Kathleen Wynne is a "social justice" liberal. That doesn’t mean she can’t sound as intelligent as "business" Liberals when talking about Ontario’s economic challenges. Indeed, she has plenty of room to do better.
Not being one of Premier Dalton McGuinty’s high-profile economic ministers with her own record of expensive business initiatives, in fact, should be an asset.
Ontario "business" Liberals are essentially 1970’s modernizers, fine-tuners of the more than Ottawa-protectionism, less than Quebec-interventionism hybrid that was put in place by postwar Ontario red-Tories. Their catechism insists: innovation needs constant government leadership and involvement; business, labor, and government are partners; and Ontario’s future is in trade diversification. It supports activist Federal Government, but complains that Ontario never gets its fair share; it resents the "high" Canadian petro-dollar, but it agrees that our half of North America must secure its future trading in Asia.
Like progressives in office in California, British Columbia, and Washington, Wynne’s first problem is to stay the course in fixing the books. That said, repairing frayed relations with teachers is not more important than showing people a credible and fresh way to restore Ontario’s economy.
Ontario’s Conservatives are putting together a tough-minded economic plan that would make Ontario more like US Republican states. New Democrats can be counted on to say nothing needs to change, if only Harper and the Neo Cons would drive down the Canadian dollar in order to protect our more civilized workplace.
Wynne ought to consider a tough-minded strategy as well: one that would push for lowering Canada-US trade barriers rather than lowering Ontario’s labor and social protections, or lowering our standard of living by lowering the value of the Canadian dollar.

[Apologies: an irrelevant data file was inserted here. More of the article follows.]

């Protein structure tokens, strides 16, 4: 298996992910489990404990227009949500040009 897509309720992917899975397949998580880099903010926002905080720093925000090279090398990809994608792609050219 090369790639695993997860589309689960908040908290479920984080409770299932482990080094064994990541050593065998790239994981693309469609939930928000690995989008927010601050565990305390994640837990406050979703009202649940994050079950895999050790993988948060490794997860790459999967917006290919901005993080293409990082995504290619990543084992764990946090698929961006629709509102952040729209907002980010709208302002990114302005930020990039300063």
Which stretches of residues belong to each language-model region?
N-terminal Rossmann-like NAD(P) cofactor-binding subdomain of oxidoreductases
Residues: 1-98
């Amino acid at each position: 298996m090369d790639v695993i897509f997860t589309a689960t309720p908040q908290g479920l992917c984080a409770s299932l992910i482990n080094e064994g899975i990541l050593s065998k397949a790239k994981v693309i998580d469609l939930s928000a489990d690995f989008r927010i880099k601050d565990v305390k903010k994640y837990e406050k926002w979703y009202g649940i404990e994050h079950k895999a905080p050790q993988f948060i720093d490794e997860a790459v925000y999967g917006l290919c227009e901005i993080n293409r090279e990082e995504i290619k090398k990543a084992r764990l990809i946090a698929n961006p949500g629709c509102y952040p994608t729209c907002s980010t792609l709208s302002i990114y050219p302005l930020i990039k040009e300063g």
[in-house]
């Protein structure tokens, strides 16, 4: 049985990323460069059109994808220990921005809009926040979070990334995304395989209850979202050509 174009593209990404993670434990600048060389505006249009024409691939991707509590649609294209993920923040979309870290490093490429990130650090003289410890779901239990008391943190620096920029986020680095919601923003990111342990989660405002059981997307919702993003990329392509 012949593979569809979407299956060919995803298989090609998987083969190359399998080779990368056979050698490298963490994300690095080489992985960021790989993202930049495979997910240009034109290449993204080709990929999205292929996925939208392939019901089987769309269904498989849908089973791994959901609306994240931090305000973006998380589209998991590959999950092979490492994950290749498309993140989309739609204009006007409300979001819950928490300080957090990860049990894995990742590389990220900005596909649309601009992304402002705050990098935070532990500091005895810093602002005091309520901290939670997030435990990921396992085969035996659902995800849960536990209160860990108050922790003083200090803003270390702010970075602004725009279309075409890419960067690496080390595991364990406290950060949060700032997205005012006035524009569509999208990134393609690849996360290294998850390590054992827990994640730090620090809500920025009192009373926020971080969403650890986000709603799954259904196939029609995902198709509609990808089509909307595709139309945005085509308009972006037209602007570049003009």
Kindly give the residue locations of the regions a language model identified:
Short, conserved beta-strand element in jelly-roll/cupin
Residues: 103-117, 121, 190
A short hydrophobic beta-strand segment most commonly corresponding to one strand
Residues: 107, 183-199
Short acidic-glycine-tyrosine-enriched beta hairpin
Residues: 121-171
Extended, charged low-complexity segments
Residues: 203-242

Ontario Grits were brave free traders once before—because it would be good for the little guy. They were right in the 19th century, and can be again.
Wynne could say that after a decade of whining and denial, it's time Ontario embraced the benefits of a stable, par dollar. It enhances business incentives to invest and protects the purchasing power of workers. A lower dollar, on the other hand, only leads to unearned gains for a fortunate few, in return for less prosperity generally.
Wynne can argue that Conservative policy is stuck in neutral. They accept a high Canadian dollar but won’t dare make it a cornerstone of their national or Ontario economic policies, and they won’t maximize the benefits of dollar parity by pushing for more than simply reducing red-tape at the border.
The end game for two high-wage market economies should be a currency, customs, and security union that eliminates physical borders. That’s what old men in Northern Europe accomplished. That shouldn’t be impossible for us.
New Premiers of Ontario are expected to speak in big picture terms—just like the Premiers of Alberta and Quebec, for instance. It would be refreshing to hear Kathleen Wynne say something fresh and honest about our greatest manufacturing, human and capital, energy, education, culture, innovation, and political relationship—the USA.